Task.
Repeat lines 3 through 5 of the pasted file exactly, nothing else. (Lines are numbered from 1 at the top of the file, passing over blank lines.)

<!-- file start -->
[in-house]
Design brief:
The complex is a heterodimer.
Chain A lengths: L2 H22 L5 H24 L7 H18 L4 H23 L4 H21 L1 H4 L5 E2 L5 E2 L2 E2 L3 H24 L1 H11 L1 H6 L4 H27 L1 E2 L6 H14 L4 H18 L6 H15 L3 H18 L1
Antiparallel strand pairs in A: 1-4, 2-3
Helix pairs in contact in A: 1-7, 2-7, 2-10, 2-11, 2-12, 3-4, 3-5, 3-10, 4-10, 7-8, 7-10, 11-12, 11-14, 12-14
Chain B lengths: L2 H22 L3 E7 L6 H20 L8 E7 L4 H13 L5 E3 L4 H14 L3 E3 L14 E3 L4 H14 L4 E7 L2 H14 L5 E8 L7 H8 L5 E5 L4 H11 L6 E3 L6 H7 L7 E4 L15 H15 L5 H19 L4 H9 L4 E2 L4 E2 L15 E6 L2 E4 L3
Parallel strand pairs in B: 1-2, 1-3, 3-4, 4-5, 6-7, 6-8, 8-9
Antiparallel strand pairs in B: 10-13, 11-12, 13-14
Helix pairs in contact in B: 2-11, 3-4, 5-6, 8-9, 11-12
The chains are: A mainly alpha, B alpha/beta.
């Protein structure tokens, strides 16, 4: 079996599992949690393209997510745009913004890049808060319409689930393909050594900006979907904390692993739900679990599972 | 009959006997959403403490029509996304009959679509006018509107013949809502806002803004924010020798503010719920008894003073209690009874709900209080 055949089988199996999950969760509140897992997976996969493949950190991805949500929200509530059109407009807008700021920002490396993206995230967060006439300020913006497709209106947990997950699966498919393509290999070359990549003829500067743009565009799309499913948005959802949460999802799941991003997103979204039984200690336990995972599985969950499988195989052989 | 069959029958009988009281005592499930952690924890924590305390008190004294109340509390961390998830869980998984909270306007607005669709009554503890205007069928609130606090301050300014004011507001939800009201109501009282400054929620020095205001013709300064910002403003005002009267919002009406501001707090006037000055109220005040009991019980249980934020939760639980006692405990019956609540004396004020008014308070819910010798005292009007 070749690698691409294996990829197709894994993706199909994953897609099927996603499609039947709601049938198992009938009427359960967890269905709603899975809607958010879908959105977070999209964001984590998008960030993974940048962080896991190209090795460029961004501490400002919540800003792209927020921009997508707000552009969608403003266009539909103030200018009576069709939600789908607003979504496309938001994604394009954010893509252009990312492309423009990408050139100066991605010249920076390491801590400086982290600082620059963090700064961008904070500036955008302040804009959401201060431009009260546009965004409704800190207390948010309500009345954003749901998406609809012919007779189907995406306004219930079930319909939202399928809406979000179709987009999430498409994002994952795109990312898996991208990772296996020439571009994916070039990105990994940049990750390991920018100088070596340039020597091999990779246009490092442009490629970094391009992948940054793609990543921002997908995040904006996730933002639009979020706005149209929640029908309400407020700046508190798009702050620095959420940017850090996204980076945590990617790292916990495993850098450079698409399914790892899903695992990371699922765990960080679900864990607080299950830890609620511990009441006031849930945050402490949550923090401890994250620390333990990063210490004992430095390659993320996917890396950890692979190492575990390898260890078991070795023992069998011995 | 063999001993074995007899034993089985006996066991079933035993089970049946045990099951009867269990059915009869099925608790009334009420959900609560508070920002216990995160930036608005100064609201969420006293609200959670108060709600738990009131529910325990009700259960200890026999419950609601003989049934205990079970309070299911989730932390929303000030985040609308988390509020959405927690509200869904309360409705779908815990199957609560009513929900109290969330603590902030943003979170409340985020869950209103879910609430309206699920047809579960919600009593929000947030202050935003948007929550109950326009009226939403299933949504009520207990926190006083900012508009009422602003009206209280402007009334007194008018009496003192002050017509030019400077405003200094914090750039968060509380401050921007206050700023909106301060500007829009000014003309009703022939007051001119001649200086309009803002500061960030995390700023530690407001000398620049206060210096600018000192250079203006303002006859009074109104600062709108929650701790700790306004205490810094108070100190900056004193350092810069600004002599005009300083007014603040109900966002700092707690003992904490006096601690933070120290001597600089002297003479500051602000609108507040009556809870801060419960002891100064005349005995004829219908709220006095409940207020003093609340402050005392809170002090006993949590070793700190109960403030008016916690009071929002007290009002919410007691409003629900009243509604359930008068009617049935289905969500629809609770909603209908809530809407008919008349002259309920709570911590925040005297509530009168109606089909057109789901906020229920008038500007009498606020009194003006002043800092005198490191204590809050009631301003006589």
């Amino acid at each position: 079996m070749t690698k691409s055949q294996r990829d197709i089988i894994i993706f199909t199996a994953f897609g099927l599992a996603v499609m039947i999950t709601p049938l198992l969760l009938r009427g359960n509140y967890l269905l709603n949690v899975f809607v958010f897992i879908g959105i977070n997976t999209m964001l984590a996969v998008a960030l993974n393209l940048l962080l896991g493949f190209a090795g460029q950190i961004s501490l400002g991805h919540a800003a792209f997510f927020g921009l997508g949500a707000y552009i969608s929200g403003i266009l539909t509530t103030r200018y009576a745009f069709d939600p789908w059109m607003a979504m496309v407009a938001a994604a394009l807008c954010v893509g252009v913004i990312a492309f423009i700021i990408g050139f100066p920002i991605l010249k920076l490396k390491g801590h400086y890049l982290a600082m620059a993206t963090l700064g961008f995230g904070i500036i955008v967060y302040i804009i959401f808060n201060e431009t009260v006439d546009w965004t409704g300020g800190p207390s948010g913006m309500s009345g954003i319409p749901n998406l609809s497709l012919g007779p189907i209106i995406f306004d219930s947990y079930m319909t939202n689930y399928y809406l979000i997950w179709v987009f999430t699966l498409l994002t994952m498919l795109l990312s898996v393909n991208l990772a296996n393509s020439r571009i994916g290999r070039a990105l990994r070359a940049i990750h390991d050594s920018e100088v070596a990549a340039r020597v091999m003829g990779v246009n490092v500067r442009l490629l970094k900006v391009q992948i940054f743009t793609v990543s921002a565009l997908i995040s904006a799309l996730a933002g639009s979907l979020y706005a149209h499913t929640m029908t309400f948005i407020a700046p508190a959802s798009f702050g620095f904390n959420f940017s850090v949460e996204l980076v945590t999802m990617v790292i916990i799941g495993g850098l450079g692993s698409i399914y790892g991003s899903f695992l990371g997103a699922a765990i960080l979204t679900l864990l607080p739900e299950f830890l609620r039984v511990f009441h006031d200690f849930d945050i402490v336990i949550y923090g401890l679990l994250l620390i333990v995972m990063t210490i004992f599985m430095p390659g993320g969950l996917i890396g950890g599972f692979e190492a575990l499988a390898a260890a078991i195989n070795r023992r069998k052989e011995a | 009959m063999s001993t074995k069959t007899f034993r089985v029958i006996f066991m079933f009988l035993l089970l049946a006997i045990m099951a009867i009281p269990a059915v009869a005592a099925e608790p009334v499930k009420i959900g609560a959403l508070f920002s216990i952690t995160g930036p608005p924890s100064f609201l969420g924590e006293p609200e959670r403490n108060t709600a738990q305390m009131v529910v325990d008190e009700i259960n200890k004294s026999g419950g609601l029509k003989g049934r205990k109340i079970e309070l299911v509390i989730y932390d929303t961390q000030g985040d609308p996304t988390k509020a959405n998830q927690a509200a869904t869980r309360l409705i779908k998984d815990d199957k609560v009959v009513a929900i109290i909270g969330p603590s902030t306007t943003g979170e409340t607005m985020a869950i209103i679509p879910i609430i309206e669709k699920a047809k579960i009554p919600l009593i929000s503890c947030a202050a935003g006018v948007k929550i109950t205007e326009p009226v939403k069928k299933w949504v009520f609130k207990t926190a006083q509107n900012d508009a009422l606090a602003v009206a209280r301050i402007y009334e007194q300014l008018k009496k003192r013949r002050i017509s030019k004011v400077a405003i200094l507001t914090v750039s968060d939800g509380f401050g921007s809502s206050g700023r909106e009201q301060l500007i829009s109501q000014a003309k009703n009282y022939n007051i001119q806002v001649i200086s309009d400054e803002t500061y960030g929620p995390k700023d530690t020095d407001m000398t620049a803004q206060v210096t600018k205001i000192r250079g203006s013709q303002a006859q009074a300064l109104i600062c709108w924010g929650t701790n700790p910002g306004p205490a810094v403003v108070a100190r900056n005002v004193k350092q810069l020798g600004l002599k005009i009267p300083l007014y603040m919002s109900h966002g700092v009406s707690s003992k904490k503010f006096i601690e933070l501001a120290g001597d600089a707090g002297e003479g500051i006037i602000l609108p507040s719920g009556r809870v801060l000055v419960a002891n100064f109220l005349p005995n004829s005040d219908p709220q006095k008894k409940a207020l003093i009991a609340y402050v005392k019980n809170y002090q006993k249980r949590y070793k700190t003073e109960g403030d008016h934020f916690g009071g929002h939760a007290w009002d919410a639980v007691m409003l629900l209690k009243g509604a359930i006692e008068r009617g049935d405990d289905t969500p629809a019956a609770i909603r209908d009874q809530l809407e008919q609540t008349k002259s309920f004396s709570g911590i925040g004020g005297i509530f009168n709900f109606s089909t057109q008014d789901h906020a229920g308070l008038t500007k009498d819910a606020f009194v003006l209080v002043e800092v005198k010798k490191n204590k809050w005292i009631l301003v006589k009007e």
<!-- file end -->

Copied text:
The complex is a heterodimer.
Chain A lengths: L2 H22 L5 H24 L7 H18 L4 H23 L4 H21 L1 H4 L5 E2 L5 E2 L2 E2 L3 H24 L1 H11 L1 H6 L4 H27 L1 E2 L6 H14 L4 H18 L6 H15 L3 H18 L1
Antiparallel strand pairs in A: 1-4, 2-3